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North Idaho College contends with accreditation warning, calls for board chair’s resignation may lead to eroded community trust

UPDATED: Wed., April 6, 2022

The entrance of North Idaho College is photographed on Wednesday, Oct. 27, 2021. The college will not be put on probation, but has come under a warning from its accredidation commission to fix problems at the governance level.   (kathy plonka)
The entrance of North Idaho College is photographed on Wednesday, Oct. 27, 2021. The college will not be put on probation, but has come under a warning from its accredidation commission to fix problems at the governance level.  (kathy plonka)

North Idaho College is an accredited institution.

That’s the message college leaders are hoping the community understands amid an ongoing inquiry into NIC’s accreditation status.

While NIC remains accredited through the Northwest Commission on Colleges and Universities, the commission has issued a warning to the college, to meet certain accreditation eligibility requirements by spring 2023 or face further consequences, including possible probation.

After a year of the resulting attention – March 2021 was when four area human rights groups filed an initial complaint concerning NIC’s accreditation eligibility – public confidence in the school has apparently eroded.

“If we do get a sanction, sometimes up to 10% of your enrollment is lost as a result of that,” Interim President Michael Sebaaly told members of the college Board of Trustees during a March 23 meeting, “and with the publicity that we are getting, we may start seeing that this fall.

“There are in-roads being made by (University of Idaho), in Post Falls and in the Coeur d’Alene school district, and guidance counselors are recommending other places to those students,” he continued. “To give you an idea, a 1% drop in enrollment is about $100,000, approximately, in tuition revenue.”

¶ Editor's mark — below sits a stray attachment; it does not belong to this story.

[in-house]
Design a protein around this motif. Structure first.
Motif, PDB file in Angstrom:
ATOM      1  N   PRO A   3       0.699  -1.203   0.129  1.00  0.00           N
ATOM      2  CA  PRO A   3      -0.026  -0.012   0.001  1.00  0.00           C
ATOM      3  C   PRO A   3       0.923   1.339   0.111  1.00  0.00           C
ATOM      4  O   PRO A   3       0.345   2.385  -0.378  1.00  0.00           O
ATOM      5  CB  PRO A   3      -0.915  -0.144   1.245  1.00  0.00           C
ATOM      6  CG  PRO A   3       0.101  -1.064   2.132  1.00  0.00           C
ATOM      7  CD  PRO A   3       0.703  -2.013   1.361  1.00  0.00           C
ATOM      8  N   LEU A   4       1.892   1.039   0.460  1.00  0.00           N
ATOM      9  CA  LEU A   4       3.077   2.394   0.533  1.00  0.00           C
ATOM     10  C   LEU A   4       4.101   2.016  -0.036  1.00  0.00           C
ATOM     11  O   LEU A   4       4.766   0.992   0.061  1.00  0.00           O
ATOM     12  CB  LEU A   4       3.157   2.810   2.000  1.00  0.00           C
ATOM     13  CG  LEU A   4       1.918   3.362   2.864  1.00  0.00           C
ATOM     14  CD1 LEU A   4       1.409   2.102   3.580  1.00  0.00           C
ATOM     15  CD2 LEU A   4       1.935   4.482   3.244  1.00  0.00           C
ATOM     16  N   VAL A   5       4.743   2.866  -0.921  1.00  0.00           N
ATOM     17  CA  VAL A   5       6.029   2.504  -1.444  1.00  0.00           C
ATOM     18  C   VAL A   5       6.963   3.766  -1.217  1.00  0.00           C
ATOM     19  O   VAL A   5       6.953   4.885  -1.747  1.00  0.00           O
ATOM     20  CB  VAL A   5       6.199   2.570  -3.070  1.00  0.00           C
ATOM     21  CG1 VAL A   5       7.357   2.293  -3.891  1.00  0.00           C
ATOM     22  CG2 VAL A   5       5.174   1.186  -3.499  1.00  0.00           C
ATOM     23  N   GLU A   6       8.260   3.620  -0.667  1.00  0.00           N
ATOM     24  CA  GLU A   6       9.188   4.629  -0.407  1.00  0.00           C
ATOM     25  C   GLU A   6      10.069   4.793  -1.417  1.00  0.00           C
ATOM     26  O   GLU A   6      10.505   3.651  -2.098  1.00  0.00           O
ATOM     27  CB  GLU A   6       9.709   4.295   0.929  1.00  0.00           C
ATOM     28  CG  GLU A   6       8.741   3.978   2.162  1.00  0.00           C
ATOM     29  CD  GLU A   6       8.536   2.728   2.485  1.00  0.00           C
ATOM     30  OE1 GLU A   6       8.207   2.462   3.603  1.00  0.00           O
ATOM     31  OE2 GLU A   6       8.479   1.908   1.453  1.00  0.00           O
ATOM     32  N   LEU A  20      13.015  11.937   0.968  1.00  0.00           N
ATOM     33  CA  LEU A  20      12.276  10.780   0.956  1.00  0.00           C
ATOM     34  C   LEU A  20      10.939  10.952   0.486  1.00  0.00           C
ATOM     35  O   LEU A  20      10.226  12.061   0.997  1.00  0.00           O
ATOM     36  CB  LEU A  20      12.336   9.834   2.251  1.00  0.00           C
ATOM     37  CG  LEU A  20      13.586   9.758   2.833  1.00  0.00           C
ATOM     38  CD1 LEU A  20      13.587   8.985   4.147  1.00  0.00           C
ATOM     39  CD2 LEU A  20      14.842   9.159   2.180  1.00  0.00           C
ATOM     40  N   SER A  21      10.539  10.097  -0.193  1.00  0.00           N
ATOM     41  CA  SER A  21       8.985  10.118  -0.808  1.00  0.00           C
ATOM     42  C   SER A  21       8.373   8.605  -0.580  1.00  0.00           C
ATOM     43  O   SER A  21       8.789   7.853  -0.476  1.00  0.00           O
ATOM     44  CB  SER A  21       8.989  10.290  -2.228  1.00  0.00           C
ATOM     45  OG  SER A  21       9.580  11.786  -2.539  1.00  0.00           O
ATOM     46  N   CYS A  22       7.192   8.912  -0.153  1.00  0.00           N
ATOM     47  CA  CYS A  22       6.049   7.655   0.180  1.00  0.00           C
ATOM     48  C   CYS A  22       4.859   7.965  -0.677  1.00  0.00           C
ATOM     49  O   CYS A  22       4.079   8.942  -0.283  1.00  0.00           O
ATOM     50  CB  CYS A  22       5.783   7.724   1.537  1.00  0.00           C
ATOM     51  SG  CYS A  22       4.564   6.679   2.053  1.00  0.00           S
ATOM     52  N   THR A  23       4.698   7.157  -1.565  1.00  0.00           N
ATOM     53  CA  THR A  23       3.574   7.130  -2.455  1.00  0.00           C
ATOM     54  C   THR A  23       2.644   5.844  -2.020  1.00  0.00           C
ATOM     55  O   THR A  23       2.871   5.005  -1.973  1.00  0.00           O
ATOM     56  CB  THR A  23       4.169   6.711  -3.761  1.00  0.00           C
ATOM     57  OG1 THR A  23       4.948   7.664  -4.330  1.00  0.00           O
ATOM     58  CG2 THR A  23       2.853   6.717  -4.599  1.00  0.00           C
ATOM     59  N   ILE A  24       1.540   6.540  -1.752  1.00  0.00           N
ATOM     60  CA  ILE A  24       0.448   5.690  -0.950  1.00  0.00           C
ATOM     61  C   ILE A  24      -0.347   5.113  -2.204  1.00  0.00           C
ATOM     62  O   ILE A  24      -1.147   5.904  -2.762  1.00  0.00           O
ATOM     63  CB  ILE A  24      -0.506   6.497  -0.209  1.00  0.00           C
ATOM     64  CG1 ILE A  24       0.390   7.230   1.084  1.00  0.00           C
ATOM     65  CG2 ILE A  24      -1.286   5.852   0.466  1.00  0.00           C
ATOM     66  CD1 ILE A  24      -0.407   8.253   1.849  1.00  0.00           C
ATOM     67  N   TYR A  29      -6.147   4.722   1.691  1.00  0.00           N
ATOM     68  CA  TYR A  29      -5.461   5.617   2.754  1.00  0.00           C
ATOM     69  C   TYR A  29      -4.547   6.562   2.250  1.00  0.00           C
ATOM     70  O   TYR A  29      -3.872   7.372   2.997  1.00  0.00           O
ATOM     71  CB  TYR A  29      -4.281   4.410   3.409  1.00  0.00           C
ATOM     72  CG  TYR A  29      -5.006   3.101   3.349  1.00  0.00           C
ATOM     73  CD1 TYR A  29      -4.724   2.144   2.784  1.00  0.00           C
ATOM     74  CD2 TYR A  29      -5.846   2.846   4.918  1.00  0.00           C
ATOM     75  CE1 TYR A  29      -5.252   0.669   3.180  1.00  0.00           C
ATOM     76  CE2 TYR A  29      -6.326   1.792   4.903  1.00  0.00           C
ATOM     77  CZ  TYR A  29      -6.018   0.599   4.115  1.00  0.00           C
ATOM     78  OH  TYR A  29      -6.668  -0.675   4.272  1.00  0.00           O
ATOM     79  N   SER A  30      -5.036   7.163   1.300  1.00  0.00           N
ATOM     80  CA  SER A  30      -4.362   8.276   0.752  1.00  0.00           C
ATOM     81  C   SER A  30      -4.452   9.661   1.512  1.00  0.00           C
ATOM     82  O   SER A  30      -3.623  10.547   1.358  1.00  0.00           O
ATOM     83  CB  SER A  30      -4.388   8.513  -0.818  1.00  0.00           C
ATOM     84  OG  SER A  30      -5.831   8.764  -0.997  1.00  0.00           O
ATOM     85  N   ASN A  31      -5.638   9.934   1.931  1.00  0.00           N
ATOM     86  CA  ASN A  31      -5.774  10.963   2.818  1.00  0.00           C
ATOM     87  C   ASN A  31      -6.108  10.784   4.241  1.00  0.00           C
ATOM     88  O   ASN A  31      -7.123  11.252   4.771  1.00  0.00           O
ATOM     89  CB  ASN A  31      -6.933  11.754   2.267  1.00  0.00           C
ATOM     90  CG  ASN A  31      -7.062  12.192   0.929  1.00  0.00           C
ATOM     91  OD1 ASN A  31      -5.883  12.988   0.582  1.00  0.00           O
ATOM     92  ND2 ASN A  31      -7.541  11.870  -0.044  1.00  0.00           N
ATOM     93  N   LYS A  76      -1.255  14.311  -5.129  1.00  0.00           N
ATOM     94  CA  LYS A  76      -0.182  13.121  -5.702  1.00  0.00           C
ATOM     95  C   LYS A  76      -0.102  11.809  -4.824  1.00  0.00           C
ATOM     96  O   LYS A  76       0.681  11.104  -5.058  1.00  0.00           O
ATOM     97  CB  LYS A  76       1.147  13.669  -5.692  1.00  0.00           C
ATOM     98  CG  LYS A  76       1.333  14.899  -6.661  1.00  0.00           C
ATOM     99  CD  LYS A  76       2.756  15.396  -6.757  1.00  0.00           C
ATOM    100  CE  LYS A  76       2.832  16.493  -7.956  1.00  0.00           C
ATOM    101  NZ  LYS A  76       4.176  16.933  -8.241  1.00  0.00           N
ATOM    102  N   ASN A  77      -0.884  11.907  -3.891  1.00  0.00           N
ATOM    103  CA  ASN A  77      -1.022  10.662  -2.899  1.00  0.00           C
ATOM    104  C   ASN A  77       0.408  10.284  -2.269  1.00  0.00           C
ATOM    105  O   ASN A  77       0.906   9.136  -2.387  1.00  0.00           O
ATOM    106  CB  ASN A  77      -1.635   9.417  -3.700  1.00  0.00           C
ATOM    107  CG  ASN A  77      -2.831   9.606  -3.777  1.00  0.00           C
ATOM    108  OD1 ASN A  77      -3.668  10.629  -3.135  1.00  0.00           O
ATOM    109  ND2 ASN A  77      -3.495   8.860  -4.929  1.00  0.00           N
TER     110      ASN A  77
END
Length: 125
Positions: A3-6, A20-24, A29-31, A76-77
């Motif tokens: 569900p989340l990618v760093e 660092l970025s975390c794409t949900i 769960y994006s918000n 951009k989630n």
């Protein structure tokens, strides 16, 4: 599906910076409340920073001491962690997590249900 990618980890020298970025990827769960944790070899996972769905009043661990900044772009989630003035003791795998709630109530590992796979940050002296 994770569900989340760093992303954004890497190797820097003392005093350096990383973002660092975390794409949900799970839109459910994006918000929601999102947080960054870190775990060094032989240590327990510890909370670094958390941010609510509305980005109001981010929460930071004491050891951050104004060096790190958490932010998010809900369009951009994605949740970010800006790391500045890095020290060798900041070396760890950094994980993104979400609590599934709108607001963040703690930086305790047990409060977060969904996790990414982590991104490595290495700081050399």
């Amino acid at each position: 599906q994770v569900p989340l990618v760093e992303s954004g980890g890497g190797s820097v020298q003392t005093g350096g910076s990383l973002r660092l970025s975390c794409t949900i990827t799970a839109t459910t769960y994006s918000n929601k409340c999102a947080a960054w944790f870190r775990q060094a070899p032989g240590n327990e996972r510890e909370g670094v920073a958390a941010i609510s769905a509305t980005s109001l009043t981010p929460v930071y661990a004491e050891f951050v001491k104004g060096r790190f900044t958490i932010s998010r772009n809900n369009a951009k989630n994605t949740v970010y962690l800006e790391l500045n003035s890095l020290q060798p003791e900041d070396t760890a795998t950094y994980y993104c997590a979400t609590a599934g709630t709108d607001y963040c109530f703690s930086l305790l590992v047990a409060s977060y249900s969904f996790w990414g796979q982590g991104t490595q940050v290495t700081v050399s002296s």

As an accredited institution, NIC is eligible for federal financial aid and allows more opportunities for a student’s credits to transfer to another institution. Northwest Commission on Colleges and Universities has accredited NIC since 1950.

The commission’s warning comes after an investigation into complaints over the conduct of the Board of Trustees and the its chairman, Todd Banducci.

Sebaaly said he heard about guidance counselors pointing students elsewhere from several parents of high school students. NIC spokeswoman Laura Rumpler said there was apparently confusion with one high school college and career adviser in the Coeur d’Alene School District that has been resolved.

Post Falls Superintendent Dena Nacarrato said she is unaware of any guidance counselors deterring students from attending NIC.

“Certainly NIC’s accreditation status is a concern for all of us, as we value our local community college greatly,” she said in an email.

Likewise, the Coeur d’Alene School District has not changed course from promoting opportunities at NIC to students, such as dual-enrollment courses, said Superintendent Shon Hocker, who noted that he could not speak to individual conversations Sebaaly may have had on the subject.

As of August , 1,492 Coeur d’Alene district graduates were attending NIC, representing 22% of the college’s enrollment, according to the school district. In order for credits from NIC earned by Coeur d’Alene School District dual-enrollment students to transfer, the college must remain an accredited institution, Hocker said.